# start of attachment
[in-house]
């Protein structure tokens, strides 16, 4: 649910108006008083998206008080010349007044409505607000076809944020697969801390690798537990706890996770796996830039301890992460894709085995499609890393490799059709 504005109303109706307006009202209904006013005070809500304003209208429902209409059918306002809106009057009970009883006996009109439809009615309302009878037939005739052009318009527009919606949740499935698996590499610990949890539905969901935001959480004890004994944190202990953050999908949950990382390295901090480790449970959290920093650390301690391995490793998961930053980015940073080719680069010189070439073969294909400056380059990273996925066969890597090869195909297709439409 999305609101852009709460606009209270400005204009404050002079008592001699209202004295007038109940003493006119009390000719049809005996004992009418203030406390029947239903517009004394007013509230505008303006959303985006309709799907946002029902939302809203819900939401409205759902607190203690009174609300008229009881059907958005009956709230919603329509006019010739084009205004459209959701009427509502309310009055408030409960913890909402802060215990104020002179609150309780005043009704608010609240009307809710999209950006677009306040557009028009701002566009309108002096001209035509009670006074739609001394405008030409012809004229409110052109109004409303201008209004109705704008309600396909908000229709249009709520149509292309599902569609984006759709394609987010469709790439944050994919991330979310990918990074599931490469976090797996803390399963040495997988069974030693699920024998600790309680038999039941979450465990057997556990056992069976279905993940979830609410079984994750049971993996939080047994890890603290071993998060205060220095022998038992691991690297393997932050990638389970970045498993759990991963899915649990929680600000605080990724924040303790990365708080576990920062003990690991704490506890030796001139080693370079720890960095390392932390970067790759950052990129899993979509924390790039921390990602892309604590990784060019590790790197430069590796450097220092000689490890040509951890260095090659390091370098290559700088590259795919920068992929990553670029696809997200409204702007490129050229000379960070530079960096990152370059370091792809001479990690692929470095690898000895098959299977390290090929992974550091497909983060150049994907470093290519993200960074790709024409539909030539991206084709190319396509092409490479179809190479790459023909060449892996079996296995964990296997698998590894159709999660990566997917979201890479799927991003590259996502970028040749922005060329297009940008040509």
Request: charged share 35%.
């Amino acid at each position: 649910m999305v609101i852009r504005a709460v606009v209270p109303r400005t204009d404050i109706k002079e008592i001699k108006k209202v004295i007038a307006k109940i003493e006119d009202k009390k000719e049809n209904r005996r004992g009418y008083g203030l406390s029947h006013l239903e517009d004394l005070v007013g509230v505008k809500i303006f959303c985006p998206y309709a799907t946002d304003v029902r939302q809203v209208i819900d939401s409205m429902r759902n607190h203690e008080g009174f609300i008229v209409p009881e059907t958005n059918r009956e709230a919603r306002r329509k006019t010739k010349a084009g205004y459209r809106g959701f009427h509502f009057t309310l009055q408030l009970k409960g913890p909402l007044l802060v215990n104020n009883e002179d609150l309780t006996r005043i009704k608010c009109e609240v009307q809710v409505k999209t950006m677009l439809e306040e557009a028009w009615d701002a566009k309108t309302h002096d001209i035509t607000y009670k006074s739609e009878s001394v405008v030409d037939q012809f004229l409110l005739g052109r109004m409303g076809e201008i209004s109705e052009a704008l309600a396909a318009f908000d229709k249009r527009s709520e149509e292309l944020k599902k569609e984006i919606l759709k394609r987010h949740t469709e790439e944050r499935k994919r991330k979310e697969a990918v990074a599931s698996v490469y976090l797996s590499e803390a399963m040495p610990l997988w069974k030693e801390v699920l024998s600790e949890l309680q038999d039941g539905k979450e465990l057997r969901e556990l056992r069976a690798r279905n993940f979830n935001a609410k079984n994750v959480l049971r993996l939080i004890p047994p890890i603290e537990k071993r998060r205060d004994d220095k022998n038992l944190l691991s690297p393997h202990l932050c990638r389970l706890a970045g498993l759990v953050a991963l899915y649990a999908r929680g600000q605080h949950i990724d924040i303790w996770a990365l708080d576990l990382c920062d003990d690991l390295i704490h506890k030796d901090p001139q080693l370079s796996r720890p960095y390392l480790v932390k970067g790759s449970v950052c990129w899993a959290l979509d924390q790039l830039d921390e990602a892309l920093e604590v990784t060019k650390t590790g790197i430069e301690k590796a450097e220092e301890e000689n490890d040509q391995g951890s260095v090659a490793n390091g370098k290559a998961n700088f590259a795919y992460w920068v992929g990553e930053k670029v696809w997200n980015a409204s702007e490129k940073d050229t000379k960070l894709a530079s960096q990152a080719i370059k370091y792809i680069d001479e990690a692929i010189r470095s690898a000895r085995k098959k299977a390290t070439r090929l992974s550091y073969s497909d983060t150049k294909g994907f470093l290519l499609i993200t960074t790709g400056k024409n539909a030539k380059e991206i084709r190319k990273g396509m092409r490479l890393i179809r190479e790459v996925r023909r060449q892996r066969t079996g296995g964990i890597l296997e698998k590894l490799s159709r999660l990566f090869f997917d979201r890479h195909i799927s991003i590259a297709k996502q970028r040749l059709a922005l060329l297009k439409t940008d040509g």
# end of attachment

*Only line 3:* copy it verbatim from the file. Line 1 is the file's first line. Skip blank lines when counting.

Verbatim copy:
Request: charged share 35%.